Family Weekend is a time to celebrate families at Rensselaer, and you’ll certainly see everyone putting their best foot forwards. You’ll experience a myriad of quality events, informative tours, and artfully-pruned trees and bushes that beautify the campus. We challenge you, however, to experience the average student’s campus. Explore the residence halls, pop into a classroom, and talk to the other families you pass by.
If you happen to walk through North Hall and E-Complex, residence halls limited to upperclassmen, take a look into the rooms and the ceilings for water damage. See where duct tape holds up a corner, where there are cobwebs and mold around the shower (in spite of the fact that a sheet posted claims the bathroom was cleaned just that day). Look at the state of the shared kitchens; see if the oven is still broken. The same worn-down appearance is the case for much of The Quad, and for even more “modern” halls, such as those on Freshman Hill, or the apartments up on Burdett Avenue and above, many of which were meant to be temporary housing only.
Many buildings are still not fully handicapped-accessible. Institute policy states that students who may require handicapped-accessible classrooms will have classes in an accessible classroom. However, take Amos Eaton, where many mathematics department professors have their offices. The building is entirely stairs—disabled students may not have the same access to their professors as others. Is this fair? What would it take to update it?
Consider the often leaky bathrooms in the Darrin Communications Center. Visit Russell Sage Laboratory, a building that is too old to heat evenly, where windows are often left open to cool off the classrooms, and squirrels are known to join the lessons in progress. Walk past the random smoker on campus, in spite of the fact that our school is a “tobacco-free environment.” Take a seat in the Union, and try not to knock your knees against the gum stuck under many of the tables upstairs.
Peek into some of your student’s classrooms. You may have heard on the tour you’d taken in high school that DCC 308 is the biggest lecture hall on campus, but is “never as full” as the class currently inside it. This is true—it’s usually fuller. Your student can probably confirm this. Look at the West Hall Auditorium or Sage Auditorium, and see the desks that are used for General Psychology or Multivariable Calculus. They are tiny, old, and often broken.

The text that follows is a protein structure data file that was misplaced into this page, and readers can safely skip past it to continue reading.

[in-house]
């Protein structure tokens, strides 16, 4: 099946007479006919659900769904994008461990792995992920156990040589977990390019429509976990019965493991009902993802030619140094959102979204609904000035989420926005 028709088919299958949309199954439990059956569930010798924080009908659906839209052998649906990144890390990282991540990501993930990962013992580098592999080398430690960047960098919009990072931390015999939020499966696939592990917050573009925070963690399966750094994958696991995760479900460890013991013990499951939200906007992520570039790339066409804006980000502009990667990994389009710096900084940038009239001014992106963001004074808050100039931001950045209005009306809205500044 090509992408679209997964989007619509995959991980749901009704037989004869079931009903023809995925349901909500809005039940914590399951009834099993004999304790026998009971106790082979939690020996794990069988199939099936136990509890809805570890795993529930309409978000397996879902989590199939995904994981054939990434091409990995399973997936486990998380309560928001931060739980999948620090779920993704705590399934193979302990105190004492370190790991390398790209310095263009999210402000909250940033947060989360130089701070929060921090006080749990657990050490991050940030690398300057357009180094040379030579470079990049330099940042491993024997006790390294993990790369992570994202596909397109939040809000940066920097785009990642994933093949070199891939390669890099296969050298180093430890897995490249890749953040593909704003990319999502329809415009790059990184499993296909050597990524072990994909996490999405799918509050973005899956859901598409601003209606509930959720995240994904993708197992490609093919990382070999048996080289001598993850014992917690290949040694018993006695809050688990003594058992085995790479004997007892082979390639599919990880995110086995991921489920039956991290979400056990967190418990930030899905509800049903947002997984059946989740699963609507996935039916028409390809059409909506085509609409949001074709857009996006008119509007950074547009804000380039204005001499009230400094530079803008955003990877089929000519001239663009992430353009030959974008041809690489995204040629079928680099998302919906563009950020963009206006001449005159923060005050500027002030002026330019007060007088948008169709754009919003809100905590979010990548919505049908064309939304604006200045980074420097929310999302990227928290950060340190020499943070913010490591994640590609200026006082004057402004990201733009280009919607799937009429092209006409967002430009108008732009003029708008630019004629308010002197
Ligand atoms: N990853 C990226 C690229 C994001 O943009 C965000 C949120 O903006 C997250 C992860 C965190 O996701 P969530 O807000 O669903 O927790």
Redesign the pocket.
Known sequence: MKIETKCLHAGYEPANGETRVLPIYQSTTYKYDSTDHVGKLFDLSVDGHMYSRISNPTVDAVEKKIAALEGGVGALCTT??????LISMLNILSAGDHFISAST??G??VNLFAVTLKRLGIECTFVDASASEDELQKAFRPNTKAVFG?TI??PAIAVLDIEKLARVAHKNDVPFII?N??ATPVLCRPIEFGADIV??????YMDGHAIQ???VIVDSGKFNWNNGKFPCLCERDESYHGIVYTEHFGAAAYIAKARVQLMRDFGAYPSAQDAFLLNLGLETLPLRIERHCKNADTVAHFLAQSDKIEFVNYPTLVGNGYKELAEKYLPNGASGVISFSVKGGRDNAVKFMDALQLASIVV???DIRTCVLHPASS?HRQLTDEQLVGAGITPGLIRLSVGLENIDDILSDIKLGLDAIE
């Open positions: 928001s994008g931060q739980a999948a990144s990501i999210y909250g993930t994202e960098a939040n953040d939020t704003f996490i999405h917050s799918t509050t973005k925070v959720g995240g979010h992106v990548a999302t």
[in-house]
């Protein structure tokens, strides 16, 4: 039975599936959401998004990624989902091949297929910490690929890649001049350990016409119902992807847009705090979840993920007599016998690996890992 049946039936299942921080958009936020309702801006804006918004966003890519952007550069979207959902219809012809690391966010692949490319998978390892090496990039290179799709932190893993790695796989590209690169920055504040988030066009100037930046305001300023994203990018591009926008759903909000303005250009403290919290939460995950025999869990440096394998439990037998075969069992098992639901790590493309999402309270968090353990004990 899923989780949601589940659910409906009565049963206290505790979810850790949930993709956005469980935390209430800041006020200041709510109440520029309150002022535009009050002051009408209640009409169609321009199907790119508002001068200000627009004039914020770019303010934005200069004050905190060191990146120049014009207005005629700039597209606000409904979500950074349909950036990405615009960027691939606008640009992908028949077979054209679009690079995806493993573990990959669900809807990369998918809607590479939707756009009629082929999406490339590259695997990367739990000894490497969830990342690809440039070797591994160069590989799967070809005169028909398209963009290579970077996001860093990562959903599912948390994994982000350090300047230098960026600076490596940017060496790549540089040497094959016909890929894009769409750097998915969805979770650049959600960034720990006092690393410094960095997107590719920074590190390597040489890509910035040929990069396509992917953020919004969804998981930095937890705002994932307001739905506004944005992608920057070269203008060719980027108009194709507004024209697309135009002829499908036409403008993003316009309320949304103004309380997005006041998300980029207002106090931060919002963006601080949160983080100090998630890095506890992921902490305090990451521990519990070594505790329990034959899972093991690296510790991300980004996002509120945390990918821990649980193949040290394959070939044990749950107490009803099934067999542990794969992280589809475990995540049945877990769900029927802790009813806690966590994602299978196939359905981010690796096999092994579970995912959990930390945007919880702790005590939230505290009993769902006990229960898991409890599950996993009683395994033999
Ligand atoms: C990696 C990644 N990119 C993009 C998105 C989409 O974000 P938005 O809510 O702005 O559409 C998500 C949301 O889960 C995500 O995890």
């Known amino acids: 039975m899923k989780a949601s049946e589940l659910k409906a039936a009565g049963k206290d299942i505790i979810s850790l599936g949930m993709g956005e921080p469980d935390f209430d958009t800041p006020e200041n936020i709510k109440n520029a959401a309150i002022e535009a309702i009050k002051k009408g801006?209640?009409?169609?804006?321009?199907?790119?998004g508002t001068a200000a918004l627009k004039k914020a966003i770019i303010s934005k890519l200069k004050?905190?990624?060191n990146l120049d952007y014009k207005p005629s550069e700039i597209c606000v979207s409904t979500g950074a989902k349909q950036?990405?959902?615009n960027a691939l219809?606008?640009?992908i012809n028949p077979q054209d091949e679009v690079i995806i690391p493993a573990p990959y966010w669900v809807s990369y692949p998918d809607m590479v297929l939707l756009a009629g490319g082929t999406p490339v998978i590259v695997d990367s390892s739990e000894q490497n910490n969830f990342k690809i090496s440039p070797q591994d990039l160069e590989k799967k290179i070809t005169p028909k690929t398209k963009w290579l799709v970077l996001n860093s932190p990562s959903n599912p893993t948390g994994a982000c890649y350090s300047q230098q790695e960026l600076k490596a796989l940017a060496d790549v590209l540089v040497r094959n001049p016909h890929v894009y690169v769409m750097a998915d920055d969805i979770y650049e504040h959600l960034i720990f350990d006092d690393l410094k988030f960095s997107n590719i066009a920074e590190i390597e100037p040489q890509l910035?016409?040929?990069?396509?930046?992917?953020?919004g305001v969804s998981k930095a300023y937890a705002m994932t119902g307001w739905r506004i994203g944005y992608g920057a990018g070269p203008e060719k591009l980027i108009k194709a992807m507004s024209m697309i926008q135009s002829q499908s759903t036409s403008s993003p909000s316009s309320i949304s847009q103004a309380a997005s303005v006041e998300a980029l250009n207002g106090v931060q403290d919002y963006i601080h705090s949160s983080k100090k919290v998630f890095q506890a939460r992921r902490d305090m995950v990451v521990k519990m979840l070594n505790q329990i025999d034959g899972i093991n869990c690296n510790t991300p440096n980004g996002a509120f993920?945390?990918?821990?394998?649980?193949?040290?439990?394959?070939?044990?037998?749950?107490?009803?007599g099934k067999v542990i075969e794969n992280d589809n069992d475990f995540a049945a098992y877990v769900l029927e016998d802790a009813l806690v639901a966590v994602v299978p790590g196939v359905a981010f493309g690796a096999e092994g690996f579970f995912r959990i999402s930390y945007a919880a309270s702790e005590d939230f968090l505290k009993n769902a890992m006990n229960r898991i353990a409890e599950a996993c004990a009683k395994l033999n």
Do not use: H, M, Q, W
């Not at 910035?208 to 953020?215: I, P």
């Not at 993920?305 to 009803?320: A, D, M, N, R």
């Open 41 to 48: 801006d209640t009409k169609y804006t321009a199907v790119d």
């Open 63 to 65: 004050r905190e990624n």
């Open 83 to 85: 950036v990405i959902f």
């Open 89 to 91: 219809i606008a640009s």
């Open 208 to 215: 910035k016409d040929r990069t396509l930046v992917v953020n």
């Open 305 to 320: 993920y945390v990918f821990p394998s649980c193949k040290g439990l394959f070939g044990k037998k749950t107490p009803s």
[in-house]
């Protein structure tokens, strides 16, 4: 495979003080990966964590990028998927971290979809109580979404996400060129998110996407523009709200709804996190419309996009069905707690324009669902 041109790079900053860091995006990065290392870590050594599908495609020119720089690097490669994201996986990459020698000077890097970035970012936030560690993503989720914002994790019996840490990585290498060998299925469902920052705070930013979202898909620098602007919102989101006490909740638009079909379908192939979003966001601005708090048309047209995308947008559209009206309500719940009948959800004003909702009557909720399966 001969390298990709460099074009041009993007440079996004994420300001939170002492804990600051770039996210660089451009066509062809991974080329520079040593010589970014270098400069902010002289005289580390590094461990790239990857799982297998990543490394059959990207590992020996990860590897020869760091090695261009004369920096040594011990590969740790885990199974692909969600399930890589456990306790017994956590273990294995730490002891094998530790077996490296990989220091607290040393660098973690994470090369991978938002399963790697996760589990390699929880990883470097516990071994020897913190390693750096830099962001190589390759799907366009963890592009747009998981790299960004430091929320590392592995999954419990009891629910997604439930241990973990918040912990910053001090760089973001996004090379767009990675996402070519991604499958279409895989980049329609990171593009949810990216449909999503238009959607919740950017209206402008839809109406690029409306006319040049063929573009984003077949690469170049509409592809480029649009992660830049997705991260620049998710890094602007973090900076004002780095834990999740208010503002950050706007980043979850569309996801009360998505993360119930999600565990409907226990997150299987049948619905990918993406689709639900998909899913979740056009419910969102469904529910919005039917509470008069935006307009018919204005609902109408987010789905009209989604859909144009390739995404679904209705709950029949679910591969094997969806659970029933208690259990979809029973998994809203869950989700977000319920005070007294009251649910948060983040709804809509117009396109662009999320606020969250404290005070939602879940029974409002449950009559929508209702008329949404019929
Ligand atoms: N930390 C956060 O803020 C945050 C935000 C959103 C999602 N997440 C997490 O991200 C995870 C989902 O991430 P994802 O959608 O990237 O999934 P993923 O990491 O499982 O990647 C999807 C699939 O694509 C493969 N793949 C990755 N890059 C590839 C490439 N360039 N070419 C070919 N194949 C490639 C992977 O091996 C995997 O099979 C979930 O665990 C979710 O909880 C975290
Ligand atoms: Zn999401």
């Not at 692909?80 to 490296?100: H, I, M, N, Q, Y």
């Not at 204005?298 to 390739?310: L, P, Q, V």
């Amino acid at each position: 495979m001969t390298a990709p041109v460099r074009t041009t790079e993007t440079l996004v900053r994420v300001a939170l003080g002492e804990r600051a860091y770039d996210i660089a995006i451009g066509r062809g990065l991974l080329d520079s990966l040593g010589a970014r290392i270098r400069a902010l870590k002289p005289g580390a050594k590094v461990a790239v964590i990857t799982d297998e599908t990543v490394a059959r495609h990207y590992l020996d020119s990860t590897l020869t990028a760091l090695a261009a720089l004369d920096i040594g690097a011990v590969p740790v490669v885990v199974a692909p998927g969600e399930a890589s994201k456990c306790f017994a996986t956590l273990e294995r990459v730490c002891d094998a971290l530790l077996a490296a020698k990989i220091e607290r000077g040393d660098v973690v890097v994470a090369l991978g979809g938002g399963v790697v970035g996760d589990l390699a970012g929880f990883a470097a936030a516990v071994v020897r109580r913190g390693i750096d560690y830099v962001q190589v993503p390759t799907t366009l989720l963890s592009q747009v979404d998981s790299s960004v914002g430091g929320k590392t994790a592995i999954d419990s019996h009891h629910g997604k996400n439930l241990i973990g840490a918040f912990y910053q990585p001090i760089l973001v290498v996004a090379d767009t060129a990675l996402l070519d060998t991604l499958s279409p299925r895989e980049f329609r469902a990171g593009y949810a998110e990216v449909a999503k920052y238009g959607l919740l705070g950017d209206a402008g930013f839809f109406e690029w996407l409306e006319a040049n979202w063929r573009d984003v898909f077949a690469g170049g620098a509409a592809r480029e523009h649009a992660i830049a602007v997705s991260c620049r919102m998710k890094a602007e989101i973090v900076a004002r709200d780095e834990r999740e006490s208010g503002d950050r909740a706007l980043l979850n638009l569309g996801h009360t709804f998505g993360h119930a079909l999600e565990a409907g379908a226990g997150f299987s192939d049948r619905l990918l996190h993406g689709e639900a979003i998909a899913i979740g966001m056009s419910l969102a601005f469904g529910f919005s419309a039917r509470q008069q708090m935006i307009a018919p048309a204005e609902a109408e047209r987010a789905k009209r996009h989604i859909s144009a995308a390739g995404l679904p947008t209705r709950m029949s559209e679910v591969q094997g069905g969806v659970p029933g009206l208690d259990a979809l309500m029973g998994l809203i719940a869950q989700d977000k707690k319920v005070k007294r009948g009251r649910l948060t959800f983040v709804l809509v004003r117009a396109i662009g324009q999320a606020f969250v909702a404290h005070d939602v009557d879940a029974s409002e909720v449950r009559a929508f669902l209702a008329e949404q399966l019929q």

You may see posters around campus from the Alliance for Responsible Government, a current campus student protest movement. The Poly is often frustrated by the fact that students tend to be passive at RPI. (You’ll find no 99 percent protesting here.) We believe the fact that ARG exists and is actively trying to get attention says a lot. Some students are dissatisfied with the quality of their education, with issues of administrative transparency, and with the treatment of their professors. They’re questioning. They’re looking for answers.
Ask your student what their professor has to say about the school, about their department, about the administration. Your student might have picked up a cynical tone of voice and a tendency to refer to things decided by “Shirley Ann” and not “President Jackson.” Look across the ‘86 Field from the Jonsson Engineering Center walkway, and look at the buildings there. Which one looks the nicest? Is it the Ricketts Building, or is it the Troy Building, home to the president, her cabinet, and other administrators? (To be fair, The Poly thinks that the few classrooms also located in the Troy Building do have desks more comfortable than many other classrooms.)
Parents, we challenge you to question what you see while you’re here. It’s good to be proud of the things that are good here;
The Poly believes that there are many things to value about RPI, and we’ve all had good experiences in our time here. We want our school to be the best place it can be, if only to validate our investment in the Institute, and its investment in us. But for every new budget that’s announced and every new construction plan, from downtown to another center, it hurts to see how some things don’t change.
The Poly has heard (and experienced) too many cases of students reporting classroom and dorm issues to FIXX or other departments and experiencing either no change or an excessively delayed response—until a parent picks up the phone or writes a scathing e-mail and pushes for an immediate solution.
Parents’ voices are often stronger than those of students. So keep your eyes open while you’re here, and stay involved when you leave. If you have concerns, make them heard.